Hollywood has a bad reputation for representing women poorly in television and film, but Game of Thrones star Natalie Dormer says men don’t have it much easier.
According to the Guardian, Natalie Dormer, who plays Margaery Tyrell on Game of Thrones, claims that the world of television automatically objectifies both men and women on screen. In a world where companies have to fight for ratings, it’s a game to sell sexualized images of beautiful people better than your competitors. Of course the content of the show is important, but as a show like Game of Thrones illustrates, sex is often a major player.
“My personal experience has been to work on phenomenal jobs in which the men are objectified as much as the women,” said Natalie Dormer. “Actors suffer from it, too. Wasn’t there a thing about Aidan Turner in Poldark? It’s a visual medium, so to a certain extent you get judged on the way you look.”
But she also claims it’s not just about sex and physicality. Natalie Dormer says male and female actors often fall into a continuous loop of getting typecast on television.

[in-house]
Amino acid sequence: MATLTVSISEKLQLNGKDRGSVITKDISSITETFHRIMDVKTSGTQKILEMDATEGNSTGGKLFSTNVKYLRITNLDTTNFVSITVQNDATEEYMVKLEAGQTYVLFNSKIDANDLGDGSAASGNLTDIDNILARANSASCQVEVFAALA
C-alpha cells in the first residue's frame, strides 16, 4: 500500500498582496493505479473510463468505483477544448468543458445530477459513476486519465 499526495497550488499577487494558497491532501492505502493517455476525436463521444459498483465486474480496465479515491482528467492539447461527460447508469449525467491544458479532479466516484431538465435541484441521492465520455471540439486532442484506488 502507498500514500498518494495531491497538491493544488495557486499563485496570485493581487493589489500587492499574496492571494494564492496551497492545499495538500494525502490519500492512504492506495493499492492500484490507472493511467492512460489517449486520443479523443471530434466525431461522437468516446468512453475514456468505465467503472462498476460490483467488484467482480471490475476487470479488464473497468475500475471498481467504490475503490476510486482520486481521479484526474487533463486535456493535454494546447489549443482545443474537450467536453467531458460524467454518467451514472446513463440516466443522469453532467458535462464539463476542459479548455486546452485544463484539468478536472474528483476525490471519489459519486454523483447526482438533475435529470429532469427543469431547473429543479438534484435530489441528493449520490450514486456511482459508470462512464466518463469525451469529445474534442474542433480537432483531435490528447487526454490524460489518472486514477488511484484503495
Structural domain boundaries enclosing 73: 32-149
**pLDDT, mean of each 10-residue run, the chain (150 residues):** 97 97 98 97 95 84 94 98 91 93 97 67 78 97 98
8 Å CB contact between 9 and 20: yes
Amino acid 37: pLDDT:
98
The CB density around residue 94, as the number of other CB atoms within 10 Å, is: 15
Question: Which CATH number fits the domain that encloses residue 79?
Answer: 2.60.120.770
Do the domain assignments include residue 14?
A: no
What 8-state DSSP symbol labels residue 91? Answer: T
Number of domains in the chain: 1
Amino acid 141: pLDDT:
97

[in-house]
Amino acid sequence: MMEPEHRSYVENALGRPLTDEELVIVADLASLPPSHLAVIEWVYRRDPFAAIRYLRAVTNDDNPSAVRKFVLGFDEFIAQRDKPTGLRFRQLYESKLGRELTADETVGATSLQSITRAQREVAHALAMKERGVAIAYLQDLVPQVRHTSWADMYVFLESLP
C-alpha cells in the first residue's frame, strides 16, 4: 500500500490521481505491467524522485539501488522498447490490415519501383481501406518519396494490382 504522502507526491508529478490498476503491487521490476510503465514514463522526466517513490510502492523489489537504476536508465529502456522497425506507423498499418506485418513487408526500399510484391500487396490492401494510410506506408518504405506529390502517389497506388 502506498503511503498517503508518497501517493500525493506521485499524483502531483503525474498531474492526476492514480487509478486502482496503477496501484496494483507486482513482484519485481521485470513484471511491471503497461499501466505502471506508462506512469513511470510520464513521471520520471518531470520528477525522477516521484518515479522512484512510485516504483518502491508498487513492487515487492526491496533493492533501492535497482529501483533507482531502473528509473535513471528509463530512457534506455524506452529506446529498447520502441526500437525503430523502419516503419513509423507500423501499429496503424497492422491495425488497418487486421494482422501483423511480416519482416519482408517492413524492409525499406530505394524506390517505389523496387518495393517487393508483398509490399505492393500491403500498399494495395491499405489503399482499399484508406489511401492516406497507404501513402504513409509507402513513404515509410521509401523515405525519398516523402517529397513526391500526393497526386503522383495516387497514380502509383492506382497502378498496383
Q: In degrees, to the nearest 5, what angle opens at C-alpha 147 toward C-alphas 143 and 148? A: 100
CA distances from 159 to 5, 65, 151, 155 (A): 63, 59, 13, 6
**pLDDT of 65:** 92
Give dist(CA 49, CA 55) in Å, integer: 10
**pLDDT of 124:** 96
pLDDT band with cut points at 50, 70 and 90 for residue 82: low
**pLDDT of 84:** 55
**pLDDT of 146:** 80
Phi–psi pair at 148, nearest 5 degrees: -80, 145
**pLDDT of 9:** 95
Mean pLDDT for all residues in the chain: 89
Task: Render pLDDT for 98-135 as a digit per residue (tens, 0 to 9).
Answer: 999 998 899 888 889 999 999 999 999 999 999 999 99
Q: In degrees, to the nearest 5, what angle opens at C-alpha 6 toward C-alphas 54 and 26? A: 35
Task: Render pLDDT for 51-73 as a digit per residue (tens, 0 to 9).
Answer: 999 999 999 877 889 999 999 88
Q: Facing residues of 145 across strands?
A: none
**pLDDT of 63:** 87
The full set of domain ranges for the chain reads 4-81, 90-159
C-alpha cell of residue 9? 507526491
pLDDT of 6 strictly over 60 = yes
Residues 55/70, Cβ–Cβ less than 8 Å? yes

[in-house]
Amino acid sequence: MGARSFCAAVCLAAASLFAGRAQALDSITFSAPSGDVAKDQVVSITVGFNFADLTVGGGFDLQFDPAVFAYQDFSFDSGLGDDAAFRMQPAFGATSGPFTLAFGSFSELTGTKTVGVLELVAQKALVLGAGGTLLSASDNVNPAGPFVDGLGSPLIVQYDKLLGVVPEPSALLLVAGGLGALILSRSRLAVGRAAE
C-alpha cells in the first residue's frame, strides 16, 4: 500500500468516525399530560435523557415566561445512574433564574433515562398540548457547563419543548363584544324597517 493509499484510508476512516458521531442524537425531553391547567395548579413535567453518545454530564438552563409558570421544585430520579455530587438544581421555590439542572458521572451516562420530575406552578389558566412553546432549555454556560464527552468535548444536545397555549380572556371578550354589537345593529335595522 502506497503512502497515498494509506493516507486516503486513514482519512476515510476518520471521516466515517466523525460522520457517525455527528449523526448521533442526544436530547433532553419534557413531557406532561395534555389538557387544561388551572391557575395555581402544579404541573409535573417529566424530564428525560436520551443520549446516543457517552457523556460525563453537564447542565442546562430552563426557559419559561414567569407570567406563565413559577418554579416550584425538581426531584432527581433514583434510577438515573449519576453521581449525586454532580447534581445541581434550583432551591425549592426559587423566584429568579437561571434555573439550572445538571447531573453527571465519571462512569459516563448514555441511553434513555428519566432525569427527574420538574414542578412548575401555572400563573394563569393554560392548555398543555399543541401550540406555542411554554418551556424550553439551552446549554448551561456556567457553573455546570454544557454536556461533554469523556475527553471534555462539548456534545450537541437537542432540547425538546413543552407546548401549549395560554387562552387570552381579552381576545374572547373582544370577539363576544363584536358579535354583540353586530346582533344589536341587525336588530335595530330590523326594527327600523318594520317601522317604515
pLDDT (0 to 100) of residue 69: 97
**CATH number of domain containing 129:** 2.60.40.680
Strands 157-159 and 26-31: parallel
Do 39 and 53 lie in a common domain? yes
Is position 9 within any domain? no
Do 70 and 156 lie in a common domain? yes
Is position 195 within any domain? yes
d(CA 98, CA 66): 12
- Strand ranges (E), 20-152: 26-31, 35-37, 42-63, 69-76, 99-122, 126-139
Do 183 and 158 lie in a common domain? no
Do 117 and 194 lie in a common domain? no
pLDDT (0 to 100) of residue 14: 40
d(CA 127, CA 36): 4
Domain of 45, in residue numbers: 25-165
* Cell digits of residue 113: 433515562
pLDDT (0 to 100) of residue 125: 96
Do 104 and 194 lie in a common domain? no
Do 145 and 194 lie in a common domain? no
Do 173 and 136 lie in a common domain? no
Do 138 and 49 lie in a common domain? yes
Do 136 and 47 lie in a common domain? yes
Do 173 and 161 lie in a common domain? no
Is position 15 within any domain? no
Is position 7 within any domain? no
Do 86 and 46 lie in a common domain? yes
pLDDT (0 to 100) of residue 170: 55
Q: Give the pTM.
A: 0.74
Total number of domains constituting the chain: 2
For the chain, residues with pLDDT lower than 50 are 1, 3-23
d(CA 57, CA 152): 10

“We’re not just talking about being slim here. We’re talking about character actors with big eyes getting typecast in the ‘friend’ role. It’s not just about bed-ability: it’s about your physicality more generally.”
Dormer spoke to the Telegraph about how both sexes are objectified on television, but defended her show by claiming it presents sex and violence in a more realistic, gritty environment.
“I think Thrones is quite good in that way,” said Natalie Dormer. “The violence is quite naturalistic. It’s not hyper-stylised. It’s not glamorised. And the sex is quite real and dirty as well. It’s about those raw, visceral qualities of human life that make good drama.”
She also claimed that, while Game of Thrones gets criticized for being too sexual, it’s representing a part of real human interaction.
“Sex and romance is a huge part of human motivation. So long as it’s informing a story then I don’t see what the problem is.”
What do you think? Are men and women objectified equally on television? Do you think Game of Thrones can be held accountable for objectification if it’s only reflecting an authentic part of humanity?
Catch Game of Thrones on Sundays on HBO. For Season 6 spoilers, click here.
[Image credit: Tim P. Whitby / Stringer / Getty Images and HBO]